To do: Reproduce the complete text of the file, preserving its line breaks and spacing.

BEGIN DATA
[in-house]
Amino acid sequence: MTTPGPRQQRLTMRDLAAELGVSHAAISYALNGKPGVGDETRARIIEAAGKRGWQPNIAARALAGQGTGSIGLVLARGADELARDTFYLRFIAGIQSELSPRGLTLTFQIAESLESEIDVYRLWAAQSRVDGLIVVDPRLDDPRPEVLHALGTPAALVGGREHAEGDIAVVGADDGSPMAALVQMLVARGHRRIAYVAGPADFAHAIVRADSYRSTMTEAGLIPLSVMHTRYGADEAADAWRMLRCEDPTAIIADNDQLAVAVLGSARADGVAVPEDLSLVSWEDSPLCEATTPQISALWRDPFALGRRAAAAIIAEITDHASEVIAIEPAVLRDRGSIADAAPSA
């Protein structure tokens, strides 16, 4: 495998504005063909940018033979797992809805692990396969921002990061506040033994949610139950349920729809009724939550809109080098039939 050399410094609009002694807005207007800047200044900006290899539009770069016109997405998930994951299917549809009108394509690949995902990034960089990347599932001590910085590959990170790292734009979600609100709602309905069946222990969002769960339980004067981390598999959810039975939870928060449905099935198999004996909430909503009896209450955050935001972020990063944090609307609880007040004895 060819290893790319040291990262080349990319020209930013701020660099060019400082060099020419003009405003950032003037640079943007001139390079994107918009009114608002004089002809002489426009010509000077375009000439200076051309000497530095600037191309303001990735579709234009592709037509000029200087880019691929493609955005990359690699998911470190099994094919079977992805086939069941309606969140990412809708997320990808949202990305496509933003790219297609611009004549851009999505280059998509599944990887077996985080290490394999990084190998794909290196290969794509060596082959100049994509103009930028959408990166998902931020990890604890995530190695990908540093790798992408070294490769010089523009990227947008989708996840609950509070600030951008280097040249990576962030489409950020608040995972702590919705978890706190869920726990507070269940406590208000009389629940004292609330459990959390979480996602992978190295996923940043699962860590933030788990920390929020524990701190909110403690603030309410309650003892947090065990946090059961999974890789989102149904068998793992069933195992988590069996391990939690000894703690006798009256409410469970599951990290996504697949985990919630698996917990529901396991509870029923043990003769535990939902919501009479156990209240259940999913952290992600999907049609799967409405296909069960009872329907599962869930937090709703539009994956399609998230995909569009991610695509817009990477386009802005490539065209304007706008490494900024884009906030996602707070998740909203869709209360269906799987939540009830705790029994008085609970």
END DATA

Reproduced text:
[in-house]
Amino acid sequence: MTTPGPRQQRLTMRDLAAELGVSHAAISYALNGKPGVGDETRARIIEAAGKRGWQPNIAARALAGQGTGSIGLVLARGADELARDTFYLRFIAGIQSELSPRGLTLTFQIAESLESEIDVYRLWAAQSRVDGLIVVDPRLDDPRPEVLHALGTPAALVGGREHAEGDIAVVGADDGSPMAALVQMLVARGHRRIAYVAGPADFAHAIVRADSYRSTMTEAGLIPLSVMHTRYGADEAADAWRMLRCEDPTAIIADNDQLAVAVLGSARADGVAVPEDLSLVSWEDSPLCEATTPQISALWRDPFALGRRAAAAIIAEITDHASEVIAIEPAVLRDRGSIADAAPSA
């Protein structure tokens, strides 16, 4: 495998504005063909940018033979797992809805692990396969921002990061506040033994949610139950349920729809009724939550809109080098039939 050399410094609009002694807005207007800047200044900006290899539009770069016109997405998930994951299917549809009108394509690949995902990034960089990347599932001590910085590959990170790292734009979600609100709602309905069946222990969002769960339980004067981390598999959810039975939870928060449905099935198999004996909430909503009896209450955050935001972020990063944090609307609880007040004895 060819290893790319040291990262080349990319020209930013701020660099060019400082060099020419003009405003950032003037640079943007001139390079994107918009009114608002004089002809002489426009010509000077375009000439200076051309000497530095600037191309303001990735579709234009592709037509000029200087880019691929493609955005990359690699998911470190099994094919079977992805086939069941309606969140990412809708997320990808949202990305496509933003790219297609611009004549851009999505280059998509599944990887077996985080290490394999990084190998794909290196290969794509060596082959100049994509103009930028959408990166998902931020990890604890995530190695990908540093790798992408070294490769010089523009990227947008989708996840609950509070600030951008280097040249990576962030489409950020608040995972702590919705978890706190869920726990507070269940406590208000009389629940004292609330459990959390979480996602992978190295996923940043699962860590933030788990920390929020524990701190909110403690603030309410309650003892947090065990946090059961999974890789989102149904068998793992069933195992988590069996391990939690000894703690006798009256409410469970599951990290996504697949985990919630698996917990529901396991509870029923043990003769535990939902919501009479156990209240259940999913952290992600999907049609799967409405296909069960009872329907599962869930937090709703539009994956399609998230995909569009991610695509817009990477386009802005490539065209304007706008490494900024884009906030996602707070998740909203869709209360269906799987939540009830705790029994008085609970």